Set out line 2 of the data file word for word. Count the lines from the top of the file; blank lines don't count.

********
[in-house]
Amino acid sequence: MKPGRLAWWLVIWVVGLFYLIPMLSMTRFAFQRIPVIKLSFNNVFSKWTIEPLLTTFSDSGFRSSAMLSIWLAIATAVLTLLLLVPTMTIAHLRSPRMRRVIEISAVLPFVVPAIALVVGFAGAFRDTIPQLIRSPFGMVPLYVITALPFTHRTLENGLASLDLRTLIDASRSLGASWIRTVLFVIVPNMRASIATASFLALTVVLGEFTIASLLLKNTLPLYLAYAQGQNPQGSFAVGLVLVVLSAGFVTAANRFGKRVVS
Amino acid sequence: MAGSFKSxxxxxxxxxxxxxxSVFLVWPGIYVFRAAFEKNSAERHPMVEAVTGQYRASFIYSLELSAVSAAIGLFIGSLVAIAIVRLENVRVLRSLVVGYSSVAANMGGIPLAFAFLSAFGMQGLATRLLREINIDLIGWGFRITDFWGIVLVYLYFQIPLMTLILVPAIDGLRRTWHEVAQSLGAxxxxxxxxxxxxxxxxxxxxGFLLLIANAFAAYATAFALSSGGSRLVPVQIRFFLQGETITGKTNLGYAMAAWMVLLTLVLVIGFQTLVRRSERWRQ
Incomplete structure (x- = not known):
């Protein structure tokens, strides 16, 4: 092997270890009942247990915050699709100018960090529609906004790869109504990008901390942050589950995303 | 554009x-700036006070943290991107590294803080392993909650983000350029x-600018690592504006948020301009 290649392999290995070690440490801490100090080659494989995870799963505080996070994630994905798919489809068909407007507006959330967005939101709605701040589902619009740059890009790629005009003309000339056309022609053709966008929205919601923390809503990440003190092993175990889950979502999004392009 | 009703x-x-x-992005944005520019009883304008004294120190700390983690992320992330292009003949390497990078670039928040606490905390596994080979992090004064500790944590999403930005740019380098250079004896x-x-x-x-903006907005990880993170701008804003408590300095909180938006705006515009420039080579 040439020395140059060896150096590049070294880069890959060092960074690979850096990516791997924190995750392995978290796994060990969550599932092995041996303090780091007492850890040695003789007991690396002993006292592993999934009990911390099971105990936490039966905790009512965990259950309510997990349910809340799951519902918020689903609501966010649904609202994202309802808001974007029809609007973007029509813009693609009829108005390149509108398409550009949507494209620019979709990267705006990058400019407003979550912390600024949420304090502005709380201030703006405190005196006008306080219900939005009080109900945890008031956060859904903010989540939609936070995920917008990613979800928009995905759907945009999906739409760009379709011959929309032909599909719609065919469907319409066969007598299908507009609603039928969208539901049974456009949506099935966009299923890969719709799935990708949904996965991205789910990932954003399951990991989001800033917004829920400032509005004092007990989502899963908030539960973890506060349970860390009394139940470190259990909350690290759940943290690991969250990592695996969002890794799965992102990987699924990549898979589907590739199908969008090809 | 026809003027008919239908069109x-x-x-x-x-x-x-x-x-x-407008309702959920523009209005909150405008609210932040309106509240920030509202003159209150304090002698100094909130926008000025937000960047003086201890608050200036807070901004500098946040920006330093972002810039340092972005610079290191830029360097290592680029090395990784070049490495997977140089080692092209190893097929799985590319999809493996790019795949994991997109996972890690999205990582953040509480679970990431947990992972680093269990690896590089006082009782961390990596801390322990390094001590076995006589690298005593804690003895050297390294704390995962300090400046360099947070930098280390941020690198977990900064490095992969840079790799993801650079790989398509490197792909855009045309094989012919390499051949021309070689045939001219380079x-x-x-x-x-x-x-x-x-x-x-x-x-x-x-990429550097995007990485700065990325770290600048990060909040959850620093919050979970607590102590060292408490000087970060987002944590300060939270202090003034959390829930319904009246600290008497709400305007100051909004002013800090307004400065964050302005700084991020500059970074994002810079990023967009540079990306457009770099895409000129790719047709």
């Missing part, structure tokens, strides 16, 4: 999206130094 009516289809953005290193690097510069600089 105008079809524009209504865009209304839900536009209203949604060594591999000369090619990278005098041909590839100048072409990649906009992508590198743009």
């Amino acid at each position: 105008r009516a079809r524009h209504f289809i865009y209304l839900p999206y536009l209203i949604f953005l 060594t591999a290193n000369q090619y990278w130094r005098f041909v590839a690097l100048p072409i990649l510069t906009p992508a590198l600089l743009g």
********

Amino acid sequence: MKPGRLAWWLVIWVVGLFYLIPMLSMTRFAFQRIPVIKLSFNNVFSKWTIEPLLTTFSDSGFRSSAMLSIWLAIATAVLTLLLLVPTMTIAHLRSPRMRRVIEISAVLPFVVPAIALVVGFAGAFRDTIPQLIRSPFGMVPLYVITALPFTHRTLENGLASLDLRTLIDASRSLGASWIRTVLFVIVPNMRASIATASFLALTVVLGEFTIASLLLKNTLPLYLAYAQGQNPQGSFAVGLVLVVLSAGFVTAANRFGKRVVS